Advertiser angst -- and an eagerly vigilant European media -- will put a squeeze on YouTube's ad sales potential over the coming months, according to a prominent analyst.
Brian Wieser of Pivotal Research Group said that concerns over brand safety on YouTube, where ads were recently seen running alongside terrorist-inspired videos, would have a chilling effect on the site's revenue.
"Alphabet's Google is facing a serious issue in the U.K. with brand safety issues, which has global repercussions," Mr. Wieser wrote in an investor note on Monday. "Although spending by advertisers who have announced their intention to suspend spending on YouTube and other Google properties is relatively small so far, we think that awareness of the incident will marginally curtail global growth this year versus prior expectations."
Last week, Havas and a string of top brands indicated they would halt spending on YouTube ads in the U.K. until the video site could assure their spots wouldn't run near offensive content.
Google, which owns YouTube, responded by saying it would take steps to better monitor content on the site and give advertisers more control over where their ads appear.
"I would like to apologize to our partners and advertisers who might have been affected by their ads appearing on controversial content," said Matt Brittin, Google's EMEA president, who spoke at Advertising Week in Europe on Monday. "We take our responsibilities to these industry issues very seriously."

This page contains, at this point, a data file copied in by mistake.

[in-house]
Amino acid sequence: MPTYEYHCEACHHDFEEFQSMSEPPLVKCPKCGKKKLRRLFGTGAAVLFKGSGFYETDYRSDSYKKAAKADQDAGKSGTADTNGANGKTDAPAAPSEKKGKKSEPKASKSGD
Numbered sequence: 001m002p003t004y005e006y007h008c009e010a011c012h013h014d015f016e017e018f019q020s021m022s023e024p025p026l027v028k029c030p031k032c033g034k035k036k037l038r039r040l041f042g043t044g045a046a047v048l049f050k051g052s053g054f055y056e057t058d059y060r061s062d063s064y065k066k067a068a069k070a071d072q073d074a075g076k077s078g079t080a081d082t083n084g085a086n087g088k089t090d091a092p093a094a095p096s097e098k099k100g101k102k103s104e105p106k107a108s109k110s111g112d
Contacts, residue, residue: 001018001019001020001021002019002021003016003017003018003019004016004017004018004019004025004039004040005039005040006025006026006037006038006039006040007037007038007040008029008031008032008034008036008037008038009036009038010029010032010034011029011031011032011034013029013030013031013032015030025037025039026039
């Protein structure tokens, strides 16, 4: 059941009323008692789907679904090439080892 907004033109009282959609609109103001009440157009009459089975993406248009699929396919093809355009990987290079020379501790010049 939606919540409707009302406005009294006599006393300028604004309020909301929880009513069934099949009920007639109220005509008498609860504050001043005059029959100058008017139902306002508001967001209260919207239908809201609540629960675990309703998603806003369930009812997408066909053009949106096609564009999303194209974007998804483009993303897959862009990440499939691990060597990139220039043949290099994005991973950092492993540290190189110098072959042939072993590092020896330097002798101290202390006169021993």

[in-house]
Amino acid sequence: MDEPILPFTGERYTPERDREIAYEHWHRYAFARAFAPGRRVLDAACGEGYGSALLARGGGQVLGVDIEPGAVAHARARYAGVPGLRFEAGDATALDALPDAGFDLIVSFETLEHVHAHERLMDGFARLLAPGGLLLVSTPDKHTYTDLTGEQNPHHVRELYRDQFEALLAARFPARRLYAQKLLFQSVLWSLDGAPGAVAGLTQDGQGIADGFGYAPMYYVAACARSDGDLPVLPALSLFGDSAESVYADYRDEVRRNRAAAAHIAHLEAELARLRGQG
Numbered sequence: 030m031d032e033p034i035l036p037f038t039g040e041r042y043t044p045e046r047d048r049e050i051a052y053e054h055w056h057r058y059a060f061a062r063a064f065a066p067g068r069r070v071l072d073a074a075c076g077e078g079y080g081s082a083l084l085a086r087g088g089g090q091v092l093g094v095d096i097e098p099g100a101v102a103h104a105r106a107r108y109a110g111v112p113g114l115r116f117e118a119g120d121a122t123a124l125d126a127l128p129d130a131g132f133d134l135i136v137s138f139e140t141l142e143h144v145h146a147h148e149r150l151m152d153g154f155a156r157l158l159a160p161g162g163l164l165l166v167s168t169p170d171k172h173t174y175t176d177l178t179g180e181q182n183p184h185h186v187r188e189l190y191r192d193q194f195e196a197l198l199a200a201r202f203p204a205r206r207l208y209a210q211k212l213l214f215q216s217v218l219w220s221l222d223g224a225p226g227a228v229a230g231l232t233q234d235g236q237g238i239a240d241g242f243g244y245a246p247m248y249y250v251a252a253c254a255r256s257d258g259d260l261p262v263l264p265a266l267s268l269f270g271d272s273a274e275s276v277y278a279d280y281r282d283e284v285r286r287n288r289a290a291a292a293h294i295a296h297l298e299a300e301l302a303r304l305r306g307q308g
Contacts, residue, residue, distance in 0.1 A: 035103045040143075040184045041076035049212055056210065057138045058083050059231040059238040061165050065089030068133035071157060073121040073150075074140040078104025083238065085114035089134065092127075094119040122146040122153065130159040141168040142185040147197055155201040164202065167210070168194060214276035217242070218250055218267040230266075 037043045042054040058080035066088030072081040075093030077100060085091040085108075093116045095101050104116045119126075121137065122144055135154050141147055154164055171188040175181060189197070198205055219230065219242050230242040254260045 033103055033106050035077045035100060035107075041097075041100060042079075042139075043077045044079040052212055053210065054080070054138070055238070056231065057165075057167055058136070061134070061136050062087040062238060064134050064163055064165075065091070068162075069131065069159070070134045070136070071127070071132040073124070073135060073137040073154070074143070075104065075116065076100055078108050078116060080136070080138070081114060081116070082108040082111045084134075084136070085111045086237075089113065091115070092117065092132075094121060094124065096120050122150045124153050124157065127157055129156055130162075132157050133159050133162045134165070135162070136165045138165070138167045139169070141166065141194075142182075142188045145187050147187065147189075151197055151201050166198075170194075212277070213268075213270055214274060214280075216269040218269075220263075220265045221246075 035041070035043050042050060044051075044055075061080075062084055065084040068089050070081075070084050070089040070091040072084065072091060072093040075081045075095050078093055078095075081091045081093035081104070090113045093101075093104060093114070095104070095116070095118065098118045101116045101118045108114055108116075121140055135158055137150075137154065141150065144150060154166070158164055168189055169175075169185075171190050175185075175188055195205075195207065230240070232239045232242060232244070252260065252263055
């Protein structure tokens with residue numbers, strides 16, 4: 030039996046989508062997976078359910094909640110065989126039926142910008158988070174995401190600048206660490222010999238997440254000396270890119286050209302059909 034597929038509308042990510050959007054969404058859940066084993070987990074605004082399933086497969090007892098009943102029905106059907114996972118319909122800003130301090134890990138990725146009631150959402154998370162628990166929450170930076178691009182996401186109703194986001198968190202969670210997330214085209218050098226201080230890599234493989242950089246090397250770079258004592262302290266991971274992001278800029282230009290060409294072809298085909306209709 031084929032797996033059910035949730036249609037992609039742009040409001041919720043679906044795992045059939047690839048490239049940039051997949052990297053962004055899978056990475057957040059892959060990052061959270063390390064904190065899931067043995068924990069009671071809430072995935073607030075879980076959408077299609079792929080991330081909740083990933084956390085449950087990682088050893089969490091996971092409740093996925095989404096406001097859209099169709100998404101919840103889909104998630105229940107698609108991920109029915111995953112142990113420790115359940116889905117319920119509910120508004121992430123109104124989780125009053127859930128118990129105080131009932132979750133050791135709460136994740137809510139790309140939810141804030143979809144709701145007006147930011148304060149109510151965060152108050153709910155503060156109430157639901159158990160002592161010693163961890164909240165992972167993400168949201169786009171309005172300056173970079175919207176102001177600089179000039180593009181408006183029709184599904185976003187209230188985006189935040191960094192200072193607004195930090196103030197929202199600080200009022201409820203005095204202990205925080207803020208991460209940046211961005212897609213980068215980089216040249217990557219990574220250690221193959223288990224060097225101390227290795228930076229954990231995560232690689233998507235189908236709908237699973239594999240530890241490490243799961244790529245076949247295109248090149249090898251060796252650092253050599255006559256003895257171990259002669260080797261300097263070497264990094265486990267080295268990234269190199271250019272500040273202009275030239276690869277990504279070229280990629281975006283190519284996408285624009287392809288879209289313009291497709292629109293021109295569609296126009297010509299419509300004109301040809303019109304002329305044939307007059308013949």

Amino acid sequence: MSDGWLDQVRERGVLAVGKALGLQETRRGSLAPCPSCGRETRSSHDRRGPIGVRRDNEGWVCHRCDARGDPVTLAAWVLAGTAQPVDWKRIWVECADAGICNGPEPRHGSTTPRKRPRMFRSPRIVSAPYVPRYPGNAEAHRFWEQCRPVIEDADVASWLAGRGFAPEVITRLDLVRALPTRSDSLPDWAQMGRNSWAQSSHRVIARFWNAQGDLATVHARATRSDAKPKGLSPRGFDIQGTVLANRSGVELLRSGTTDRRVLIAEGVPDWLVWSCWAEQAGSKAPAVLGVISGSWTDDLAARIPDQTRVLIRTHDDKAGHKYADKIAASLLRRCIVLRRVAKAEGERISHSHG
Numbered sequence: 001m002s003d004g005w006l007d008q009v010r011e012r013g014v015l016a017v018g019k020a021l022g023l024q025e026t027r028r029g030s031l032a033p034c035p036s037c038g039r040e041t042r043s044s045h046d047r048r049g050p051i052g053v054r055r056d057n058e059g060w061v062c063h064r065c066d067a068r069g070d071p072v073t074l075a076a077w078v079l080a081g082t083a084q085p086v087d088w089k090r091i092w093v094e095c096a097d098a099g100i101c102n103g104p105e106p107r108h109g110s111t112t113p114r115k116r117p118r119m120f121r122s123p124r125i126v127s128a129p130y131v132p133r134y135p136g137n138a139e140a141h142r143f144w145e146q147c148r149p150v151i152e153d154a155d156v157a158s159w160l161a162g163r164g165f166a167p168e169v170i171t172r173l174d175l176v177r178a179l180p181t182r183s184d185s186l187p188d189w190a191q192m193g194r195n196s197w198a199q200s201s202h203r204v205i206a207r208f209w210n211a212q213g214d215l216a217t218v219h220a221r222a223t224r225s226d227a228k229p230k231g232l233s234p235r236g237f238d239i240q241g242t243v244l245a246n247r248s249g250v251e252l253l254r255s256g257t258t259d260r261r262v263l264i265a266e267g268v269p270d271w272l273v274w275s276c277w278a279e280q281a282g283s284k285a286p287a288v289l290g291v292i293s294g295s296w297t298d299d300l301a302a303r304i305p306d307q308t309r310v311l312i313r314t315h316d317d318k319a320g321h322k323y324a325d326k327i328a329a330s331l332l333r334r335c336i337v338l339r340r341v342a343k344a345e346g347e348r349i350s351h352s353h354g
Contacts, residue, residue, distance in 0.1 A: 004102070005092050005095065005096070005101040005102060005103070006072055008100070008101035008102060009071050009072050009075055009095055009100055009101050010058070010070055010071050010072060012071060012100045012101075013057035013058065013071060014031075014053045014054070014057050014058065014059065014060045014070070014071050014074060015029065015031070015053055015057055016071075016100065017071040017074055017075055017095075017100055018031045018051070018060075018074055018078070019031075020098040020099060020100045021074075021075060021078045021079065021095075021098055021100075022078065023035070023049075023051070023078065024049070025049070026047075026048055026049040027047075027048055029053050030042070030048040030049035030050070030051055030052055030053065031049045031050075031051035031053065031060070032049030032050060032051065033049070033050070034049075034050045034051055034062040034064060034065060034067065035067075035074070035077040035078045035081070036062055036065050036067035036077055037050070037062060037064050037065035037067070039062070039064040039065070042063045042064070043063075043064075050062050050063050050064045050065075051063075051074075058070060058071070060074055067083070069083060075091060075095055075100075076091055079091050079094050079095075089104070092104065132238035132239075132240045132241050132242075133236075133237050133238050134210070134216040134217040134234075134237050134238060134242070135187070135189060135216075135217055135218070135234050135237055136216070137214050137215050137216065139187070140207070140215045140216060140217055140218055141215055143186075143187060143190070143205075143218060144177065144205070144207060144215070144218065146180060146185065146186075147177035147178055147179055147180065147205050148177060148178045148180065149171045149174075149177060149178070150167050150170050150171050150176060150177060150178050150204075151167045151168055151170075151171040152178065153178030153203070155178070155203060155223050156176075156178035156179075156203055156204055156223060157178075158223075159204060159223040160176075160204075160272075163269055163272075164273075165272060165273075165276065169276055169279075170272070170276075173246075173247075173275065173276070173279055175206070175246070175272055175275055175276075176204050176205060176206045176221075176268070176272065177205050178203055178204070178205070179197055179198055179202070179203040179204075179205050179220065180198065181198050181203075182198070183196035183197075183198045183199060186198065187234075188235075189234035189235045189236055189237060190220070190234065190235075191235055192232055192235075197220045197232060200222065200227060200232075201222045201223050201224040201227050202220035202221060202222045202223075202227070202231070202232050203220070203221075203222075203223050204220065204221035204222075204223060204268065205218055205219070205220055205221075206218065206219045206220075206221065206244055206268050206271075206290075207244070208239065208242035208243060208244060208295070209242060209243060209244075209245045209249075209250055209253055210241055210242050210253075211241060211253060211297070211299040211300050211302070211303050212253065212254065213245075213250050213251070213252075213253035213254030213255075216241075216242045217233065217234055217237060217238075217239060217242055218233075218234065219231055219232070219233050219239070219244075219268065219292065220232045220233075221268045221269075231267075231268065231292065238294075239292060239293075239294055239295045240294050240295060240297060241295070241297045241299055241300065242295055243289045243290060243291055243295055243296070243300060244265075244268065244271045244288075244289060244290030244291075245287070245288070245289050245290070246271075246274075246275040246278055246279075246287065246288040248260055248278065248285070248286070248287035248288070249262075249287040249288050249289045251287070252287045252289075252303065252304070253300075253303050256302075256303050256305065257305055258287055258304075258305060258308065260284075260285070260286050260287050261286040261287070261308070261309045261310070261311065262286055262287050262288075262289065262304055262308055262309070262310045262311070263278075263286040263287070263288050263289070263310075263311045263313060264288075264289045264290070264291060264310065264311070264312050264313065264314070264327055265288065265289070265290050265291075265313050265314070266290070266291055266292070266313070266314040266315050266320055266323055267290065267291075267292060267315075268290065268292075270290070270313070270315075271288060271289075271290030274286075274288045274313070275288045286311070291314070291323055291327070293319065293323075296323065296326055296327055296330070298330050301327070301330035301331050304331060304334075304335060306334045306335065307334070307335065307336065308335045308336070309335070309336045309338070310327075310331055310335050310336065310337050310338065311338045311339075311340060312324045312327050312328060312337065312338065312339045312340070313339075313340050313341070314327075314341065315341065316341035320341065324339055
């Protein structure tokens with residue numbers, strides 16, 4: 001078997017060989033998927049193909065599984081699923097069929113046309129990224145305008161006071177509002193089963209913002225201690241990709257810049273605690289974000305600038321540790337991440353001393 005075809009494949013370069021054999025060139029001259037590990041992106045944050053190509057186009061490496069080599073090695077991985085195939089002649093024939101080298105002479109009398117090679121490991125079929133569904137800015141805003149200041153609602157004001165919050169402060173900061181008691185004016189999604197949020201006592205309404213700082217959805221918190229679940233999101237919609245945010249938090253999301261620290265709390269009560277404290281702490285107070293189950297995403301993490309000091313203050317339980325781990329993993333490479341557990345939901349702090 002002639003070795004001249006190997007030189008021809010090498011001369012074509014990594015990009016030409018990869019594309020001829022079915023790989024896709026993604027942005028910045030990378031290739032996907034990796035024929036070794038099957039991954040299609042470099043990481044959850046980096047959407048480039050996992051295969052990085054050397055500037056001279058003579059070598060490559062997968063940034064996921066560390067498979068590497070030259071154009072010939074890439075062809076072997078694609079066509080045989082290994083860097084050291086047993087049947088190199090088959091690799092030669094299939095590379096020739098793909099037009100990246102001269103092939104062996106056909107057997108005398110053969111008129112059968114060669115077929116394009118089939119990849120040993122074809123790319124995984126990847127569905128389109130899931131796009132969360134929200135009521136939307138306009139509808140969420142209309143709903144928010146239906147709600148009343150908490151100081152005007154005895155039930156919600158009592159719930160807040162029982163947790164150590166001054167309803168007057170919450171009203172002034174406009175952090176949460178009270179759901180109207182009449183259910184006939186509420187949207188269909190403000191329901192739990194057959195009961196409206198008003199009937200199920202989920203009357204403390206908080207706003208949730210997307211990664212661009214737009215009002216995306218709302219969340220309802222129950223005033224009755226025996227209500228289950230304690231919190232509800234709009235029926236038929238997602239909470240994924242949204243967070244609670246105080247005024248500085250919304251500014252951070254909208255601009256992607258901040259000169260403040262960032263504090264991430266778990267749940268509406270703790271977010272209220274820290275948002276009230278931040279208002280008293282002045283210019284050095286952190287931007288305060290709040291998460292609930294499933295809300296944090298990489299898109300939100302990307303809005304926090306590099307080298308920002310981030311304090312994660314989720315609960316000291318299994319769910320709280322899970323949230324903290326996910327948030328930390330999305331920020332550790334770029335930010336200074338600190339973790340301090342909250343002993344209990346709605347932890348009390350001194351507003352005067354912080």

The issue of brand safety has become a top industry concern, especially since last year's election, when a proliferation of questionable websites sprung up to spread fake news.
Both Facebook and Google had to investigate how their online ad networks helped support such low-quality sites, and advertisers started applying more scrutiny to where their ads showed up.
Last week, the Financial Times found ads from the U.K. government and others running with YouTube videos by U.S. white nationalist David Duke and an Egyptian terror advocate.
That set off another round of advertisers scrambling to understand how and when their ads appear online.
Mr. Wieser said that the focus on YouTube in Europe was particularly hard for the company, because traditional media there would be dogged in their reporting.
"Making the problem potentially worse if it is not fully solved," Mr. Wieser wrote, "Google faces a hostile industry of media owners in Europe (many of them owners of print properties which have been negatively impacted by Google's successes in recent years) and we expect they will be all too happy to highlight future brand safety failings, negatively impacting brands."
It will be tough to eradicate everything anyone might find offensive on the platform. Even YouTube's biggest star PewDiePie, Felix Kjellberg, was tarnished after joking about anti-Semitism.
YouTube is launching a new TV cable bundle, where it might find it has more control over a more curated digital video experience.
Also, it has been giving more power to users to report content they find offensive.
However, it's not always easy to understand where the line is between free speech and censorship.
"We think that Google will probably need to articulate goals that sound more like a zero-tolerance policy to alleviate concerns before it can fully recover," Mr. Wieser wrote.